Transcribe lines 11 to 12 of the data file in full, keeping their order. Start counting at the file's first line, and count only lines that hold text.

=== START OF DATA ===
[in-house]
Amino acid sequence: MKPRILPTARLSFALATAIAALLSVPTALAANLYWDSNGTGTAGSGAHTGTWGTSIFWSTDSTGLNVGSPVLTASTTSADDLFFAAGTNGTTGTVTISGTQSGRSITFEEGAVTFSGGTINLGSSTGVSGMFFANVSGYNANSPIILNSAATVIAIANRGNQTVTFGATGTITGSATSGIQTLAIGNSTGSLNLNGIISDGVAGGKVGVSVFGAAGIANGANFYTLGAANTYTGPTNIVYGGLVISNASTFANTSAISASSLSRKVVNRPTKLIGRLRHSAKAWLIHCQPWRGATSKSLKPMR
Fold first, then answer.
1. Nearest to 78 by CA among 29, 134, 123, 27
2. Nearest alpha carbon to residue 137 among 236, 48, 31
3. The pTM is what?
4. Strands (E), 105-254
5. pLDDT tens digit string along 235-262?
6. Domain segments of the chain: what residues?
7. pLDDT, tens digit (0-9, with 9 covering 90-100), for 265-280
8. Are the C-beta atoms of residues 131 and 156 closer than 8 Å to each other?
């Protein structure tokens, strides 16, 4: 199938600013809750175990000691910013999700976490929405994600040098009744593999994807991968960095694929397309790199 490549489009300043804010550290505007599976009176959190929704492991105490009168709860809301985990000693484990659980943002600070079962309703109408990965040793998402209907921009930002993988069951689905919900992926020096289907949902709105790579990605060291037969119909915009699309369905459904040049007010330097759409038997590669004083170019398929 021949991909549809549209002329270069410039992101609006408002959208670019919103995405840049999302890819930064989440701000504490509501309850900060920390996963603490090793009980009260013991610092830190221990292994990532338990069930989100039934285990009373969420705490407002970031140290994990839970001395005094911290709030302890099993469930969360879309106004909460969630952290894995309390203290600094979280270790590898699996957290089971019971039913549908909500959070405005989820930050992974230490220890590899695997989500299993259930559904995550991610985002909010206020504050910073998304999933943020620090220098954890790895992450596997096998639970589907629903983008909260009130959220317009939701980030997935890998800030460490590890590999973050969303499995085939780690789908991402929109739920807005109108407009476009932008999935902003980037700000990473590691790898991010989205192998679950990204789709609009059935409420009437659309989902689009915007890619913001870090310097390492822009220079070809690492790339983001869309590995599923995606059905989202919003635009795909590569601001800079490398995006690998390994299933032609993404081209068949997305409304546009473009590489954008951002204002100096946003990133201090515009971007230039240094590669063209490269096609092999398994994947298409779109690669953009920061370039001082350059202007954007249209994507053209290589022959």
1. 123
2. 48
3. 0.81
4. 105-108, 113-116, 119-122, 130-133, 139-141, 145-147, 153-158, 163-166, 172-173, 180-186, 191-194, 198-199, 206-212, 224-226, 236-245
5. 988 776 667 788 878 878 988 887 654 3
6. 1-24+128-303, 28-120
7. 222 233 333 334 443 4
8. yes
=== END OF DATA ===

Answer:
8. Are the C-beta atoms of residues 131 and 156 closer than 8 Å to each other?
């Protein structure tokens, strides 16, 4: 199938600013809750175990000691910013999700976490929405994600040098009744593999994807991968960095694929397309790199 490549489009300043804010550290505007599976009176959190929704492991105490009168709860809301985990000693484990659980943002600070079962309703109408990965040793998402209907921009930002993988069951689905919900992926020096289907949902709105790579990605060291037969119909915009699309369905459904040049007010330097759409038997590669004083170019398929 021949991909549809549209002329270069410039992101609006408002959208670019919103995405840049999302890819930064989440701000504490509501309850900060920390996963603490090793009980009260013991610092830190221990292994990532338990069930989100039934285990009373969420705490407002970031140290994990839970001395005094911290709030302890099993469930969360879309106004909460969630952290894995309390203290600094979280270790590898699996957290089971019971039913549908909500959070405005989820930050992974230490220890590899695997989500299993259930559904995550991610985002909010206020504050910073998304999933943020620090220098954890790895992450596997096998639970589907629903983008909260009130959220317009939701980030997935890998800030460490590890590999973050969303499995085939780690789908991402929109739920807005109108407009476009932008999935902003980037700000990473590691790898991010989205192998679950990204789709609009059935409420009437659309989902689009915007890619913001870090310097390492822009220079070809690492790339983001869309590995599923995606059905989202919003635009795909590569601001800079490398995006690998390994299933032609993404081209068949997305409304546009473009590489954008951002204002100096946003990133201090515009971007230039240094590669063209490269096609092999398994994947298409779109690669953009920061370039001082350059202007954007249209994507053209290589022959």